Asterisk animating non-fiction
by: Jan 14, 2009
Non-fiction filmmakers are increasingly turning to animation to spice up dry data or to capture an unattainable event or location. This is all good news for Asterisk Animation, whose executive producer Richard O'Connor and director Brian O'Connell both vouch they've had a great year in business. Asterisk has been busy working for PBS, WNET and National Geographic, alongside commercial work for Mercedes, music videos and even a feature film, Rebecca Miller's The Private Life of Pippa Lee.
The New York-based design and animation company has gained the attention of players like Sundance Channel through hard work and networking. In the case of Sundance, Asterisk had been working with political illustrator Steve Brodner and director Gail Levin on U.S. election commentary in short films based on Brodner's illustrations. The New Yorker picked it up for its website and Sundance Channel took notice. "We retained the rights and wound up being able to put them on the Sundance Channel. They saw them, really liked them and wanted to put them as part of a political campaign package that they were doing [Voices of the Election]," says O'Connor.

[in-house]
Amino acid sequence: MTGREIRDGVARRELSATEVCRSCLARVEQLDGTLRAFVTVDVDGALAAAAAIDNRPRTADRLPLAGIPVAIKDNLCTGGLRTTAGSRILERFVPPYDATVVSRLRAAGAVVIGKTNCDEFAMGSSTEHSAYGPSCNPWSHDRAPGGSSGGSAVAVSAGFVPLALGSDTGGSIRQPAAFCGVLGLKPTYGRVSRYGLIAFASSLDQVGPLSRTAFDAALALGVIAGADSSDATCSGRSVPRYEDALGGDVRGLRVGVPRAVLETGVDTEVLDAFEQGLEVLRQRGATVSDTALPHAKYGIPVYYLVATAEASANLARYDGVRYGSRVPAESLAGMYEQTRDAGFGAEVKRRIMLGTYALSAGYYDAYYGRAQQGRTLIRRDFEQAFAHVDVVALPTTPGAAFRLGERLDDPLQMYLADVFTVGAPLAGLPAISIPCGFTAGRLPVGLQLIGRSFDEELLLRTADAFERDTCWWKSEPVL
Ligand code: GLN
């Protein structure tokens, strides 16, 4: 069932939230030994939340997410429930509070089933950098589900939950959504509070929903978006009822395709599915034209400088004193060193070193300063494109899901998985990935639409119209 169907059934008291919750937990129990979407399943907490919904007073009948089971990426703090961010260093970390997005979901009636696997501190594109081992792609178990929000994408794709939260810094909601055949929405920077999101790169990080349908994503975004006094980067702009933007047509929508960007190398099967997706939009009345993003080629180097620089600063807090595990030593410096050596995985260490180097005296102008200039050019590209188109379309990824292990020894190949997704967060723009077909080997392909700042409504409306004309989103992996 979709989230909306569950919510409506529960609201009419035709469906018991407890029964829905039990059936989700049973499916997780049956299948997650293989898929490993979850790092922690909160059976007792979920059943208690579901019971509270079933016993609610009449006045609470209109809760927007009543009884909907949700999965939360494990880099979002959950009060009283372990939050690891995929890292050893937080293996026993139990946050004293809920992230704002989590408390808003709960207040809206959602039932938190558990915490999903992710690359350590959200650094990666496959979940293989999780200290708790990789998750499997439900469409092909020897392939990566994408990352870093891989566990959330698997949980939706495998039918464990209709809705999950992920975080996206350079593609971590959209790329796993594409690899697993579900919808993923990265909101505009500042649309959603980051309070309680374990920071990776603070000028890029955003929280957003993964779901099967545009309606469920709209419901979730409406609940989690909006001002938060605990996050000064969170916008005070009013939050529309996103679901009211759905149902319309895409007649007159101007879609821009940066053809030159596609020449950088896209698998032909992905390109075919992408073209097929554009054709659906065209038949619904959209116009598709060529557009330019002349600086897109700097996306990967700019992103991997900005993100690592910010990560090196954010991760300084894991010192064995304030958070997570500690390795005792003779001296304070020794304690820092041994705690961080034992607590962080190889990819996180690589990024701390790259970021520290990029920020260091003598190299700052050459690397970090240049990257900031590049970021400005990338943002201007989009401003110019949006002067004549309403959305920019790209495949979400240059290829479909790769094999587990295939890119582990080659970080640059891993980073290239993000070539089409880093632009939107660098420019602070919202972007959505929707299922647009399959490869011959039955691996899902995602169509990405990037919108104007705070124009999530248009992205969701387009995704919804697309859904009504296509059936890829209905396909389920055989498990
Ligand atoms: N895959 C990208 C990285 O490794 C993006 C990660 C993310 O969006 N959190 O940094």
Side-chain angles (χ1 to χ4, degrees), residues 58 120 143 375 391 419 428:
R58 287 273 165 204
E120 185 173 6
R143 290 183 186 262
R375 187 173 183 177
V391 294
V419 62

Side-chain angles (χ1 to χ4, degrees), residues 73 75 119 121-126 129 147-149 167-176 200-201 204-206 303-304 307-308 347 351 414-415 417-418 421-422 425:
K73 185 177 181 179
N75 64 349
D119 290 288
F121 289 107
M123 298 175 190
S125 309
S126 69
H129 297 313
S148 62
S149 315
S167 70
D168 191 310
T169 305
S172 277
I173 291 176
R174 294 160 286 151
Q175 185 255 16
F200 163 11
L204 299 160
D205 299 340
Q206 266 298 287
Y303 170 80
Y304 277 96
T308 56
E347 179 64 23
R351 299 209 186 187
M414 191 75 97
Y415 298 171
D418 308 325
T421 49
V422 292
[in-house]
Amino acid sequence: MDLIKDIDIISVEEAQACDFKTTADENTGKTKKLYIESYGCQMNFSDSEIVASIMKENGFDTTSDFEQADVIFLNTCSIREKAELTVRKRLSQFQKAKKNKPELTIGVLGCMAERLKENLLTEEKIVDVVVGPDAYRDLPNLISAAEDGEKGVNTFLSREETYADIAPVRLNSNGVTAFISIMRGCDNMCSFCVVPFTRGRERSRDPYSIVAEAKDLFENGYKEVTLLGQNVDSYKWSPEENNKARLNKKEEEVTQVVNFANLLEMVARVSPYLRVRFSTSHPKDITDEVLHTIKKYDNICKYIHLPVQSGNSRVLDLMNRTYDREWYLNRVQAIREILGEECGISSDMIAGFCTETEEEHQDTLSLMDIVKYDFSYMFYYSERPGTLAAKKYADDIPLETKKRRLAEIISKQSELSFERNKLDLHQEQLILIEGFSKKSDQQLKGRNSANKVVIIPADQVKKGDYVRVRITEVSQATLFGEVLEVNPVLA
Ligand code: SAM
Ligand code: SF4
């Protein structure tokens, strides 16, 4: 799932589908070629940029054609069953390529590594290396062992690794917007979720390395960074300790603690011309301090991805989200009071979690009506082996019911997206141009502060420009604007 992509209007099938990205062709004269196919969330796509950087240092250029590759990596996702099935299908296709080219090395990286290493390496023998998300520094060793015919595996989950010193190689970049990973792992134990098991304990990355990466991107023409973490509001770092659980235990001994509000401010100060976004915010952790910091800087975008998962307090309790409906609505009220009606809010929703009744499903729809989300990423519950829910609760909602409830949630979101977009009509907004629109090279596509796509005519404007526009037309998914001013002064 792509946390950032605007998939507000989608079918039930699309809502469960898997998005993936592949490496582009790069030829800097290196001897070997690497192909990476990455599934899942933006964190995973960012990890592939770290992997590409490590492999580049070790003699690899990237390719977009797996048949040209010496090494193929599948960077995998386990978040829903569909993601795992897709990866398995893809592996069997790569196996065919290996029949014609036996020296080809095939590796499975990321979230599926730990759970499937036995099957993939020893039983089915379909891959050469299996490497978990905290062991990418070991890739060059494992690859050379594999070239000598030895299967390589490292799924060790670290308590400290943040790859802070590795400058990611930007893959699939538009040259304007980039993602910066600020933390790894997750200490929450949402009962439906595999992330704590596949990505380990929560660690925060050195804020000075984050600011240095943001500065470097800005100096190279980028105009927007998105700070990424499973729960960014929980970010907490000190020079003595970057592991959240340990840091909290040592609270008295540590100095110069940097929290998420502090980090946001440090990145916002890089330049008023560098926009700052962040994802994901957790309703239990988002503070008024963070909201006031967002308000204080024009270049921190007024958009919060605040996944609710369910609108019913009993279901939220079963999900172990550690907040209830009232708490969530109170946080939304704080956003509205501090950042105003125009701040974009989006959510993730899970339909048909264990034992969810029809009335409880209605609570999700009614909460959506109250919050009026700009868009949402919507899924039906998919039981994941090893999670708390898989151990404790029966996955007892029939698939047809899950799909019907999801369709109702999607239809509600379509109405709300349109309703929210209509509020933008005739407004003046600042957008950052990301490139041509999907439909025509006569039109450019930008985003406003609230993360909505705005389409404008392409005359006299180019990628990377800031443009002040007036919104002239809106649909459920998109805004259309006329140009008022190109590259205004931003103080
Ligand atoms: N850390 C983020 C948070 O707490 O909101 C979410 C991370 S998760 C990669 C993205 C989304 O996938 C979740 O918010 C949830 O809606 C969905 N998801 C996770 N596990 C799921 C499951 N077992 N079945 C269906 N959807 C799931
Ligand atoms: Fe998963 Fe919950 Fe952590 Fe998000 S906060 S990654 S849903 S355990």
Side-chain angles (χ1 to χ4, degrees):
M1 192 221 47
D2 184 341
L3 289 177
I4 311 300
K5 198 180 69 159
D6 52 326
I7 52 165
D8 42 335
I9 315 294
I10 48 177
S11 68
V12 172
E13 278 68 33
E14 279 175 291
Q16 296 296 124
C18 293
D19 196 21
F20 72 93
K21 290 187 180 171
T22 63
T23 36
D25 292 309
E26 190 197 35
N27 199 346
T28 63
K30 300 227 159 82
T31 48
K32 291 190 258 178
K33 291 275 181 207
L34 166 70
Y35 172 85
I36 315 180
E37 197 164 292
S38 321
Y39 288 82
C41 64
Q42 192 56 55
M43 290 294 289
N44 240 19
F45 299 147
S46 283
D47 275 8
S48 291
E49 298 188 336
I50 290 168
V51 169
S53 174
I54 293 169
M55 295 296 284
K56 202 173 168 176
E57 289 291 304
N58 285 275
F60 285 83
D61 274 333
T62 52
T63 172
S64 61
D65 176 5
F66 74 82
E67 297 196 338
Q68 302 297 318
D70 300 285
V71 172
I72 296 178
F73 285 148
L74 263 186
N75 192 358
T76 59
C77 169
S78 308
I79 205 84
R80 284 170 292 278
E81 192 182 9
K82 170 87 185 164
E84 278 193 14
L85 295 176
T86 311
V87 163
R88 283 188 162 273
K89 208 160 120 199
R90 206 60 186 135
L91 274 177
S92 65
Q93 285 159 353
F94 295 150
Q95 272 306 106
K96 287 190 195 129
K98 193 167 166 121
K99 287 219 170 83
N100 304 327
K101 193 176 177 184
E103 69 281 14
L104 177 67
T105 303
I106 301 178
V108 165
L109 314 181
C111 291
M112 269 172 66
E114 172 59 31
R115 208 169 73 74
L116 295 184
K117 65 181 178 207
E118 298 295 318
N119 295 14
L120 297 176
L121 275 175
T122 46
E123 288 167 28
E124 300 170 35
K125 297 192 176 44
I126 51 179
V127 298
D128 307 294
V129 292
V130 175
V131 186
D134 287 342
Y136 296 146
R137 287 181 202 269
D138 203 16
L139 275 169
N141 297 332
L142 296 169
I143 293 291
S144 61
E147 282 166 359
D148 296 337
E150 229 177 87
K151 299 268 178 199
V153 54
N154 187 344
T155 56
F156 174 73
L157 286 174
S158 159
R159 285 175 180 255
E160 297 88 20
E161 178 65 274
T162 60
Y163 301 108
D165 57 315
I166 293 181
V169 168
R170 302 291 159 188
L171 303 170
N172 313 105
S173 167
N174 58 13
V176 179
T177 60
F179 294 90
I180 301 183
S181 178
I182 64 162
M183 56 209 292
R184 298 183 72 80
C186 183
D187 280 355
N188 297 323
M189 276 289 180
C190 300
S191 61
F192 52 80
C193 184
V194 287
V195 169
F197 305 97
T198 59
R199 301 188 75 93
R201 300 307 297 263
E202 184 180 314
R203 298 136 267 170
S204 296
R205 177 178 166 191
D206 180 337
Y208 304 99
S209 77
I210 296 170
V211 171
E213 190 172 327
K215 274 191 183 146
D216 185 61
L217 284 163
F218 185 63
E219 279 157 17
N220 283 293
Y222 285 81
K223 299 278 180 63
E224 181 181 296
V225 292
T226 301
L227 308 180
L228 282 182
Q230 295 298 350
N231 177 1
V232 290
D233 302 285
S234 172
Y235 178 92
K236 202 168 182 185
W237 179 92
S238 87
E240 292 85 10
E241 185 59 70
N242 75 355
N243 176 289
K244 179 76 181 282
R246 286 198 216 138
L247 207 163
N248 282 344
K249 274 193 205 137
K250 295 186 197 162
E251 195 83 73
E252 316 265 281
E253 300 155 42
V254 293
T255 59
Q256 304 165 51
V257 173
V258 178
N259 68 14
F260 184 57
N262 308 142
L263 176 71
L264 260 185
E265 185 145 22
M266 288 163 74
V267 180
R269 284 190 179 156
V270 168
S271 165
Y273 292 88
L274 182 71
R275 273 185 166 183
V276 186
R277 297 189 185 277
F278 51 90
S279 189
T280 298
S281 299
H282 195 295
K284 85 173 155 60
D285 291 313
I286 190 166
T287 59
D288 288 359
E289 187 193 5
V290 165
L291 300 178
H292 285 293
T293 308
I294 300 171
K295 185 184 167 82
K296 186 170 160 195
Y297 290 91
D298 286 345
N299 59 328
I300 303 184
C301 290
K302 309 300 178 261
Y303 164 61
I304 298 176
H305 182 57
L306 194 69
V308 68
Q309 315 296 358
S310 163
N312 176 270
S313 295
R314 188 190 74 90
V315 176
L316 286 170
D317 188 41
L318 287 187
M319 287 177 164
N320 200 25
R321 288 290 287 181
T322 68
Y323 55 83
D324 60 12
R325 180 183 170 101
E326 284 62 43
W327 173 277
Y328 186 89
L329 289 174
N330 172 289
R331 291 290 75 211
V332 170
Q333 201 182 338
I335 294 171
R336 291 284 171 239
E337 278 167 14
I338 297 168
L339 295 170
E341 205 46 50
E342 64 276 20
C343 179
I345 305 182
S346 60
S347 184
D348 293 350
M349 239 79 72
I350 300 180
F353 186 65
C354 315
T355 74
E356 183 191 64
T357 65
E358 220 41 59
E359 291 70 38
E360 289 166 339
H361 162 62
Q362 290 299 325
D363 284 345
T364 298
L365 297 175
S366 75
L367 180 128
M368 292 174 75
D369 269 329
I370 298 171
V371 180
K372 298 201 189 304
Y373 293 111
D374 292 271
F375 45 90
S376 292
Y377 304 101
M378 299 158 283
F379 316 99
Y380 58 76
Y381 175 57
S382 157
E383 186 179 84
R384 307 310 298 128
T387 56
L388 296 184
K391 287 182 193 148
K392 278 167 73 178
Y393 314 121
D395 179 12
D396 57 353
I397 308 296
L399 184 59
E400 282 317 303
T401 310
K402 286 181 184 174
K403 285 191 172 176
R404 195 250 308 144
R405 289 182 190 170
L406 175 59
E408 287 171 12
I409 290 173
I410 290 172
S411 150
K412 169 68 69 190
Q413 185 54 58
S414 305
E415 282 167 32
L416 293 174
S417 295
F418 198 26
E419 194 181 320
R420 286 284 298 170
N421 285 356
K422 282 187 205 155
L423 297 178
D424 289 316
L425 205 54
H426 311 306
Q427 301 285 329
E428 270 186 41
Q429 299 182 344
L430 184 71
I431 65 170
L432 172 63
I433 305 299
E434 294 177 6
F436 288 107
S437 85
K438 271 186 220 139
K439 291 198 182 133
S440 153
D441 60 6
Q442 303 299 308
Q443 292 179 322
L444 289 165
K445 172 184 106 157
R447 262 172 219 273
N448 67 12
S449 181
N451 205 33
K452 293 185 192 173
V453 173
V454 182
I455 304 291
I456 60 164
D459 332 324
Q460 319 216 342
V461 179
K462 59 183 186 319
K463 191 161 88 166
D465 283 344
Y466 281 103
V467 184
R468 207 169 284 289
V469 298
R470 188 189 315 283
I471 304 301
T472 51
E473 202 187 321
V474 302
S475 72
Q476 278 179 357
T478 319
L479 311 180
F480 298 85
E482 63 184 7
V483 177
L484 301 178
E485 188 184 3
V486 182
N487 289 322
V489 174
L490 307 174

With the election over, O'Connor and O'Connell have already set their sights on tackling the newest hot topic, the economy. "It's sort of a boring dry topic usually, but we think with Steve and Gail and our abilities in animation we can do some more interesting perspectives in terms of what's going on with the recession/depression that we're in," says O'Connell.Before that happens though, the two men can still revel in jobs well done. Asterisk was nominated for an Emmy for Graphic Design and Art Direction for the work done on WNET's four-part mini-series Curious. Their motion graphics can be seen next in Make 'Em Laugh: The Funny Business of America, tonight on PBS.
Friday, January 16, 2009
Love Us, Love Us, Love Us!
Here's a little write up about us from the Great White North: